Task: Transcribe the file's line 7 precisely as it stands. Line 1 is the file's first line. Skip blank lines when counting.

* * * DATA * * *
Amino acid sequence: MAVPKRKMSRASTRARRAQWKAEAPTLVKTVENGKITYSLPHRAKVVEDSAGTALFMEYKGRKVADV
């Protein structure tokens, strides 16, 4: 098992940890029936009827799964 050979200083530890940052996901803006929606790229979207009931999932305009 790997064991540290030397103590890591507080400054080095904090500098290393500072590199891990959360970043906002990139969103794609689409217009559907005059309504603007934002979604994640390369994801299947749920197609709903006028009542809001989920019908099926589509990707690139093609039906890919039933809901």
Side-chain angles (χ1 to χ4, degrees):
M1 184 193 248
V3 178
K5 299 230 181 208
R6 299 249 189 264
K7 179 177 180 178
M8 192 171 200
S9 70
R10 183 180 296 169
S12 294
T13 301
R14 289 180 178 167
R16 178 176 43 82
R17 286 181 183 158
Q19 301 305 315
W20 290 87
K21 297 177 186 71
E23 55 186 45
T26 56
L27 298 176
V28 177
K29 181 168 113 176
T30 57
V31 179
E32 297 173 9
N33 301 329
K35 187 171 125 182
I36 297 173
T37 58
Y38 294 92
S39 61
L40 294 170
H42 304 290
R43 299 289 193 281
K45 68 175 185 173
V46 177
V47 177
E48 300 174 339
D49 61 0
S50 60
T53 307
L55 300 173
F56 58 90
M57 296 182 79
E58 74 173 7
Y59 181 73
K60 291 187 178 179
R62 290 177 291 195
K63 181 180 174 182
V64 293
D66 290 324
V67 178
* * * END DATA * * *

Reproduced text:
R6 299 249 189 264